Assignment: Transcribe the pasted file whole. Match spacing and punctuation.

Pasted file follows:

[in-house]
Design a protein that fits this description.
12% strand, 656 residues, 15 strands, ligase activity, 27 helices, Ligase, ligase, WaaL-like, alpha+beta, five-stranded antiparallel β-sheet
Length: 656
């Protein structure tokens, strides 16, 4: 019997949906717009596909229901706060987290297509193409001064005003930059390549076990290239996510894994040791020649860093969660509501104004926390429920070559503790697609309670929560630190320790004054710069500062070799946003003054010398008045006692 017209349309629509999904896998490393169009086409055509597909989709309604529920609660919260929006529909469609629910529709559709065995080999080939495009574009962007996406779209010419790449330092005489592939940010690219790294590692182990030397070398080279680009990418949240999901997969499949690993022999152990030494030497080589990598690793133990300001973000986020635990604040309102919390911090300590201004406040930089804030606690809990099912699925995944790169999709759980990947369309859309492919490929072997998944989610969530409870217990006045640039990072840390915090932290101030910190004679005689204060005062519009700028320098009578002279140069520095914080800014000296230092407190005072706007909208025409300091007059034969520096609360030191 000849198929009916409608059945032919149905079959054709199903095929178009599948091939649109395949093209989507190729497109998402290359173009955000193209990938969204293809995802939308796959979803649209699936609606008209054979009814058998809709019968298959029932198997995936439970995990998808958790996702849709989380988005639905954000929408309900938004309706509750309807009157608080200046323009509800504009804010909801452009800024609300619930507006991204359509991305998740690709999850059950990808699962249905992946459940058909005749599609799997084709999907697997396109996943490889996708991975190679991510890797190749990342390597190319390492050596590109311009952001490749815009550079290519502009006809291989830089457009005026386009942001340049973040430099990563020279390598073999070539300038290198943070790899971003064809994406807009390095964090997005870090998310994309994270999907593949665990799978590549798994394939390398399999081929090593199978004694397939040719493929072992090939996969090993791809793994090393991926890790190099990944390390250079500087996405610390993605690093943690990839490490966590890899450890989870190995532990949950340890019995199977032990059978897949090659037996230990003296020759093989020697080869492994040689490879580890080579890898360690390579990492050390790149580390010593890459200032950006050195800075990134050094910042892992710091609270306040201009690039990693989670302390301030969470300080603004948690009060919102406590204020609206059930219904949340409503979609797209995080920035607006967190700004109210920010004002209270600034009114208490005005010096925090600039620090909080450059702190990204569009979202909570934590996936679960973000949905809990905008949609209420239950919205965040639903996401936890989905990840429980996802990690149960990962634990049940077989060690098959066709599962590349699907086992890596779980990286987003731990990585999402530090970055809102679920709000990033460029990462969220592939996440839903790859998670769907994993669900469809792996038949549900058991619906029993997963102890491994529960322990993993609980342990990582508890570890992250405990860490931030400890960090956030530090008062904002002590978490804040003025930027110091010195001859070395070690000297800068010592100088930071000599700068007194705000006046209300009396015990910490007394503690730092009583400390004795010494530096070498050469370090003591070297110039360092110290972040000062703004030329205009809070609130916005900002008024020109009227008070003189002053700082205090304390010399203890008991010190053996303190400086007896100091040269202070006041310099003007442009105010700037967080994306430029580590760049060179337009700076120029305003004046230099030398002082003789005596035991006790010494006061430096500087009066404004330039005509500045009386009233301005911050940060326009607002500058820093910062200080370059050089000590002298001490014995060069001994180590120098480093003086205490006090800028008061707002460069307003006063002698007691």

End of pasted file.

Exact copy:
[in-house]
Design a protein that fits this description.
12% strand, 656 residues, 15 strands, ligase activity, 27 helices, Ligase, ligase, WaaL-like, alpha+beta, five-stranded antiparallel β-sheet
Length: 656
């Protein structure tokens, strides 16, 4: 019997949906717009596909229901706060987290297509193409001064005003930059390549076990290239996510894994040791020649860093969660509501104004926390429920070559503790697609309670929560630190320790004054710069500062070799946003003054010398008045006692 017209349309629509999904896998490393169009086409055509597909989709309604529920609660919260929006529909469609629910529709559709065995080999080939495009574009962007996406779209010419790449330092005489592939940010690219790294590692182990030397070398080279680009990418949240999901997969499949690993022999152990030494030497080589990598690793133990300001973000986020635990604040309102919390911090300590201004406040930089804030606690809990099912699925995944790169999709759980990947369309859309492919490929072997998944989610969530409870217990006045640039990072840390915090932290101030910190004679005689204060005062519009700028320098009578002279140069520095914080800014000296230092407190005072706007909208025409300091007059034969520096609360030191 000849198929009916409608059945032919149905079959054709199903095929178009599948091939649109395949093209989507190729497109998402290359173009955000193209990938969204293809995802939308796959979803649209699936609606008209054979009814058998809709019968298959029932198997995936439970995990998808958790996702849709989380988005639905954000929408309900938004309706509750309807009157608080200046323009509800504009804010909801452009800024609300619930507006991204359509991305998740690709999850059950990808699962249905992946459940058909005749599609799997084709999907697997396109996943490889996708991975190679991510890797190749990342390597190319390492050596590109311009952001490749815009550079290519502009006809291989830089457009005026386009942001340049973040430099990563020279390598073999070539300038290198943070790899971003064809994406807009390095964090997005870090998310994309994270999907593949665990799978590549798994394939390398399999081929090593199978004694397939040719493929072992090939996969090993791809793994090393991926890790190099990944390390250079500087996405610390993605690093943690990839490490966590890899450890989870190995532990949950340890019995199977032990059978897949090659037996230990003296020759093989020697080869492994040689490879580890080579890898360690390579990492050390790149580390010593890459200032950006050195800075990134050094910042892992710091609270306040201009690039990693989670302390301030969470300080603004948690009060919102406590204020609206059930219904949340409503979609797209995080920035607006967190700004109210920010004002209270600034009114208490005005010096925090600039620090909080450059702190990204569009979202909570934590996936679960973000949905809990905008949609209420239950919205965040639903996401936890989905990840429980996802990690149960990962634990049940077989060690098959066709599962590349699907086992890596779980990286987003731990990585999402530090970055809102679920709000990033460029990462969220592939996440839903790859998670769907994993669900469809792996038949549900058991619906029993997963102890491994529960322990993993609980342990990582508890570890992250405990860490931030400890960090956030530090008062904002002590978490804040003025930027110091010195001859070395070690000297800068010592100088930071000599700068007194705000006046209300009396015990910490007394503690730092009583400390004795010494530096070498050469370090003591070297110039360092110290972040000062703004030329205009809070609130916005900002008024020109009227008070003189002053700082205090304390010399203890008991010190053996303190400086007896100091040269202070006041310099003007442009105010700037967080994306430029580590760049060179337009700076120029305003004046230099030398002082003789005596035991006790010494006061430096500087009066404004330039005509500045009386009233301005911050940060326009607002500058820093910062200080370059050089000590002298001490014995060069001994180590120098480093003086205490006090800028008061707002460069307003006063002698007691």